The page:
8:40 a.m.What Are Some of the Challenges for Sex Differences Research and How Can They Be Overcome?
 Vivian Pinn
 Director
 Office of Research on Women’s Health
 National Institutes of Health
9:00 a.m.What Are the Scientific Principles for Studying Sex Differences in Health and Disease?
 Arthur Arnold
 Professor and Chair
 Department of Physiological Science
 University of California–Los Angeles
9:20 a.m.When and How Should Sex Differences in Drug Response Be Studied?
 Jeff Mogil
 Chair, Pain Studies
 Department of Psychology
 McGill University
9:40 a.m.What Factors Will Affect the Successful Translation of Sex Differences from Preclinical to Clinical Studies?
 Jon Levine
 Professor
 Department of Neurobiology and Physiology
 Northwestern University
10:00 a.m.When and How Should Sex Differences in Disease Susceptibility Be Studied?
 Kathryn Sandberg
 Professor, Medicine and Physiology
 Director, Center for Study of Sex Differences
 Georgetown University Medical Center
10:20 a.m.BREAK
10:35 a.m.Panel Presentations: Depression
 Katherine Wisner
 Professor, Psychiatry, Obstetrics, and Gynecology
 University of Pittsburgh School of Medicine
 Director, Women’s Behavioral HealthCARE
 University of Pittsburgh Medical Center
 Jill Goldstein
 Professor, Psychiatry and Medicine
 Departments of Psychiatry and Medicine at Harvard Medical School
 Director of Research, Connors Center for Women’s Health and Gender Biology
 Brigham and Women’s Hospital
 Etienne Sibille
 Associate Professor
 Department of Psychiatry
 Center for Neuroscience
 Translational Neuroscience Program
 University of Pittsburgh
 Carla Canuso
 Senior Director, External Innovation
 Neuroscience Therapeutic Area
 Johnson & Johnson Pharmaceutical Research and Development, LLC
11:25 a.m.Discussion with Panelists and Attendees
 Richard Nakamura, Moderator
 Director, Division of Intramural Research Programs
 National Institute of Mental Health
11:55 a.m.LUNCH
12:50 p.m.Panel Presentations: Pain and Pain Perception
 Karen Berkley
 Professor, Psychology and Neuroscience
 Department of Psychology
 Florida State University
 Emeran Mayer
 Professor
 Departments of Medicine, Physiology, Psychiatry, and Biobehavioral Sciences
 Director, UCLA Center for Neurovisceral Sciences and Women’s Health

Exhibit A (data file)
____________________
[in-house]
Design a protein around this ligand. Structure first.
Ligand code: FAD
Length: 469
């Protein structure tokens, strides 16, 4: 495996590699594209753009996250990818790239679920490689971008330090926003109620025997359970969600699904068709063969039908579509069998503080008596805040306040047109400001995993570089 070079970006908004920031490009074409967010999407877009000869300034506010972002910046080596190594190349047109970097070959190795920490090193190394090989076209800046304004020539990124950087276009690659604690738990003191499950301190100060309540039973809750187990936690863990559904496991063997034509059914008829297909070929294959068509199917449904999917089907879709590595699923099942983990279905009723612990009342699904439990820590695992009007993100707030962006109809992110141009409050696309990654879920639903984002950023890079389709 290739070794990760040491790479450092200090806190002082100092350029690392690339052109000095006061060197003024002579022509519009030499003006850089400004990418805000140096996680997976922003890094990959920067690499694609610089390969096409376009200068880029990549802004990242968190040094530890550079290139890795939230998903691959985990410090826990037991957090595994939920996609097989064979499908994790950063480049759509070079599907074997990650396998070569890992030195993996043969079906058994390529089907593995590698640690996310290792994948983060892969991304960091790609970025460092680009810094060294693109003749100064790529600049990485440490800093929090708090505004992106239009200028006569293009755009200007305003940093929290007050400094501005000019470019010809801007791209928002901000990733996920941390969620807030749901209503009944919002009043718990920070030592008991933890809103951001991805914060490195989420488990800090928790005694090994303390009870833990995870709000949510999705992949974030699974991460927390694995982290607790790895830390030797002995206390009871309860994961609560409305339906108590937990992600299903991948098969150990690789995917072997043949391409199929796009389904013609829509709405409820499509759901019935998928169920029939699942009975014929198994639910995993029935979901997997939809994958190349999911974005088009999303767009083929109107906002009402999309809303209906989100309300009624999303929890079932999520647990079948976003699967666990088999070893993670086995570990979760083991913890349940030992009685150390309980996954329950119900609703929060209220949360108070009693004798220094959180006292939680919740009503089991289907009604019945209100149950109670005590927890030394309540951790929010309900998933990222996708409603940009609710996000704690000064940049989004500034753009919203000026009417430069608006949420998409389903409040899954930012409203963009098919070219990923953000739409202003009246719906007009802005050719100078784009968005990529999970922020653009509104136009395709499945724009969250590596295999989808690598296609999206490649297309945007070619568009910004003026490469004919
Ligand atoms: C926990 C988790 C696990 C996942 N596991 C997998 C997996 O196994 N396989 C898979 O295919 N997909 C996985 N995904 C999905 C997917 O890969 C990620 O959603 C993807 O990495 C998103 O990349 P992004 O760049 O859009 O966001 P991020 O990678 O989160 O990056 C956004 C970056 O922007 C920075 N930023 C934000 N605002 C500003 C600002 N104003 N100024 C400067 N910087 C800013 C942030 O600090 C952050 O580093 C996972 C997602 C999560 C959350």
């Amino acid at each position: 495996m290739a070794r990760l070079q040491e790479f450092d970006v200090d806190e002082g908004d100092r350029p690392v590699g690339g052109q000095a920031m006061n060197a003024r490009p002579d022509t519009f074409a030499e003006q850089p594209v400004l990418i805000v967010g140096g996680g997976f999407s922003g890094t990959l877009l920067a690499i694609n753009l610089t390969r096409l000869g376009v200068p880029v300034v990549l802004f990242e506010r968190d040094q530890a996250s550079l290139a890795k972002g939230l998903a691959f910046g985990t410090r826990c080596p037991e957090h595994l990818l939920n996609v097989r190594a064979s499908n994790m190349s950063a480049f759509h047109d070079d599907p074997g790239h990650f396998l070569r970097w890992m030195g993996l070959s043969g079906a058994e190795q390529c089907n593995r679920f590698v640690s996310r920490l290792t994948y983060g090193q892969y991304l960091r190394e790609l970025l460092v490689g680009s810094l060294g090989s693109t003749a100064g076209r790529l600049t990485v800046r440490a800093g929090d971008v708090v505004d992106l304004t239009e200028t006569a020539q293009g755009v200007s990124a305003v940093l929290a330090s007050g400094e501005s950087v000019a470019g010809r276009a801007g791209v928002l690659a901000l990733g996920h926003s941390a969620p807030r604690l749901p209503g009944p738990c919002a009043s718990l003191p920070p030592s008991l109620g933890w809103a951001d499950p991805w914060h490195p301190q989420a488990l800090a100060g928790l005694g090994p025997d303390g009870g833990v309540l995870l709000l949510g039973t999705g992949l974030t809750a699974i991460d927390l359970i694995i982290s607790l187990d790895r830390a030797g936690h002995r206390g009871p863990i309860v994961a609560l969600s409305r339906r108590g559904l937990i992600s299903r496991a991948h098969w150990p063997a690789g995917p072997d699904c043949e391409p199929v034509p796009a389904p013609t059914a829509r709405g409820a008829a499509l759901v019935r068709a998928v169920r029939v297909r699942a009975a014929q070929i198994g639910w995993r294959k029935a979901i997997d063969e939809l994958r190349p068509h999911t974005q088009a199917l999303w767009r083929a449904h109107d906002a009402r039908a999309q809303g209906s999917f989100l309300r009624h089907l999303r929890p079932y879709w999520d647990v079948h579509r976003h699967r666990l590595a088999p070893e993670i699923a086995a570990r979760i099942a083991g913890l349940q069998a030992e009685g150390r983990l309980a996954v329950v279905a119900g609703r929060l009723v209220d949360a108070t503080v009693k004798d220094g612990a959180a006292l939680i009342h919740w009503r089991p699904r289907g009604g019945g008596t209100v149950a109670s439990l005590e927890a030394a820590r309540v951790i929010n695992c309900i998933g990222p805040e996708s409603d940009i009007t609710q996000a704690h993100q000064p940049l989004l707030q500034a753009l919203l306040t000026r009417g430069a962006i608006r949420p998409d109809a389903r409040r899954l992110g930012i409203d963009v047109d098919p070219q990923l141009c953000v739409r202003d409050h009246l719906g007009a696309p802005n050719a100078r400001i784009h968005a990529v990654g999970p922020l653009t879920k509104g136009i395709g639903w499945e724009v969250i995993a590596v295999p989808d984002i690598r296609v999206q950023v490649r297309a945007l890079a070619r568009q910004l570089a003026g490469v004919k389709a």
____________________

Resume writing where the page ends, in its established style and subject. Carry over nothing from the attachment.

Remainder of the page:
University of California–Los Angeles
 Linda LeResche
 Professor
 Department of Oral Medicine
 School of Dentistry
 University of Washington
1:20 p.m.Discussion with Panelists and Attendees
 Chi-Ming Lee, Moderator
 Executive Director, Translational Science
 AstraZeneca Pharmaceuticals
1:50 p.m.Panel Presentations: Sleep Medicine
 Roseanne Armitage
 Professor, Department of Psychiatry
 Adjunct Professor, Department of Psychology
 Director, Sleep and Chronophysiology Laboratory
 University of Michigan
 Jeanne Duffy
 Assistant Professor of Medicine
 Division of Sleep Medicine
 Harvard Medical School
 Director, Chronobiology Core
 Division of Sleep Medicine
 Department of Medicine
 Brigham and Women’s Hospital
 Rachel Manber
 Professor, Psychiatry and Behavioral Science
 Director, Stanford Sleep Medicine Clinic
 Stanford University
 Martica Hall
 Associate Professor
 Psychiatry, Psychology, and Clinical and Translational Sciences
 University of Pittsburgh School of Medicine
2:30 p.m.Discussion with Panelists and Attendees
 Rae Silver, Moderator
 Professor, Natural and Physical Sciences
 Columbia University
3:00 p.m.BREAK
3:15 p.m.Panel Presentations: Multiple Sclerosis and Neuroinflammation
 Robert Fox
 Staff Neurologist and Medical Director
 Mellen Center for Multiple Sclerosis at Cleveland Clinic
 Halina Offner
 Professor, Neurology and Anesthesiology and Perioperative Medicine
 Oregon Health and Science University
 Rhonda Voskuhl
 Professor, Neurology
 Director, Multiple Sclerosis Research and Treatment Program
 University of California–Los Angeles
3:45 p.m.Discussion with Panelists and Attendees
 Paul Hoffman, Moderator
 Associate Chief of Staff for Research and Program Development
 North Florida/South Georgia Veterans Health System

SESSION II. REVIEW

Session Objectives: Based on today’s presentations and discussions, a panel will synthesize and discuss key points and ideas that examined